Funny isn’t it, how their criticisms, which equate Ferrante’s novels to TV, demand to know why other, ‘better’, more intellectual Italian writers don’t receive the same acclaim; how those other, ‘better’ writers would be crucified for Ferrante’s failings, while she’s celebrated for them;[xx] of the implications of ‘what it means for Italy’s intellectual reputation abroad if even more competent critics [like Wood] are taken in by an obviously commercial product’[xxi] echo Franzen and Foster Wallace and Carey’s complaints about ‘cultural junk’[xxii] and how ‘novels by women and cultural minorities may in part represent a movement, in the face of a hyperkinetic televised reality’?[xxiii]

Don’t get me wrong: I feel the same way di Paolo or Randall do about what I call “mango novels”—‘those exotic-looking fruits of the post-colonial, NRI imagination that conjure up colourful mirages of magic-realist wonders or thrilling terrors in exotically faraway places’[xxiv] for mainly Western audiences—or the slightly askew, strangely un-multicultural depictions of Australia presented to the world in the work of expats like Carey, as though they, so far away, can know more about us than we do (even as their work reveals how much they can’t see from way over there).

It is interesting, though, that while di Paolo (somewhat spuriously) suggests that Ferrante is bogus because although some might say that ‘the game of pseudonyms’ are permissible in literature, none have lasted as long as Ferrante’s (although he doesn’t elaborate why this is a problem), neither he nor Randall criticise the male Wu Ming Foundation, who like Ferrante, call themselves ‘storytellers by every means necessary,’[xxv] whose self-reflexive historical novels are written with the pacy, page-turning energy of popular trade or genre fiction and also believe that ‘once the writer becomes a face that’s separate and alienated (in a literal sense), it’s a cannibalistic jumble: that face appears everywhere, almost always out of context. A photo is witness to my absence; it’s a banner of distance and solitude… I become a “character,” a stopgap used to quickly fill a page layout, an instrument that amplifies banality.[xxvi]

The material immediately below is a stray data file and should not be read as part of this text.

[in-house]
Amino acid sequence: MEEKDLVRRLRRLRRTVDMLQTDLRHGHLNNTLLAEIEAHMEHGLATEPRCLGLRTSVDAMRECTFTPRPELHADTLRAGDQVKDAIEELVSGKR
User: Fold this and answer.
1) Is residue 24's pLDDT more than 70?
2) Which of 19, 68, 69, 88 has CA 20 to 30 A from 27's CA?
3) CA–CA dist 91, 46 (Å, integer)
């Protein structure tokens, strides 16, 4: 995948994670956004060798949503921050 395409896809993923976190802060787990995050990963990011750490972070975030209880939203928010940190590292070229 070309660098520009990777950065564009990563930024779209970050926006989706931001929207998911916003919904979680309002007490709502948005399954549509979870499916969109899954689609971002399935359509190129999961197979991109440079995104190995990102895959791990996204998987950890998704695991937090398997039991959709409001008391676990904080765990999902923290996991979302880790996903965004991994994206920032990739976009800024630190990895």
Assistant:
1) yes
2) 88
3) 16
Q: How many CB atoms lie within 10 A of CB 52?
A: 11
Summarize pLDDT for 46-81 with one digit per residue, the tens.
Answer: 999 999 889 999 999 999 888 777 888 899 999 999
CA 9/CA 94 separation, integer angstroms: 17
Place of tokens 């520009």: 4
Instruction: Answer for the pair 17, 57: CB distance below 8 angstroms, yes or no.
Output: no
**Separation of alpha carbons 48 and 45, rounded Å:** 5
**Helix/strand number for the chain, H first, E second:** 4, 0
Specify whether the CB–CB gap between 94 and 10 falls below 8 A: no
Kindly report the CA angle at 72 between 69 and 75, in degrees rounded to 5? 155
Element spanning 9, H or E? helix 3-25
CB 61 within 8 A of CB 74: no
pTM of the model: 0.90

Indeed, if anything, it reiterates concerns by the ‘self-referential literary cliques’ Wu Ming abhor about the right of women to produce and be considered part of “high” culture in ways that I discussed in What’s My Name?—which Ferrante, via her fictional namesake, continually doubting herself and her work and her place in a social strata far higher than the one from which she’s come and spent so long trying to erase, speaking Italian rather than cursing in dialect, is more than aware of. At the first event for her book, an older man, well-known to many in the audience but not Lénu,

‘talked for a long time about the decline of publishing, which now looked more for money than for literary quality; then he moved on to the marketing collusion between critics and the cultural pages of the dailies; finally he focused on my book, first ironically, then, when he cited the slightly risqué pages, in an openly hostile tone.’[xxvii]

The Ferrante phenomenon—both literary and epistemological—offers the kind of rich (and often spirited, sometimes vitriolic) debate surrounding art, commerce, publishing, media construction, identity, authorial authority, reader reception and perception, identitarian and textual concerns that we in Australia have already experienced during our ‘greatest cultural identity crisis’[xxviii]. Criticisms of Helen D, for example, were based on identitarian concerns, and defences on textual ones, even as, for many, ‘the uniqueness of Wanda’s perspective… dissolves when [it] is read as the expression of a white man.’[xxix]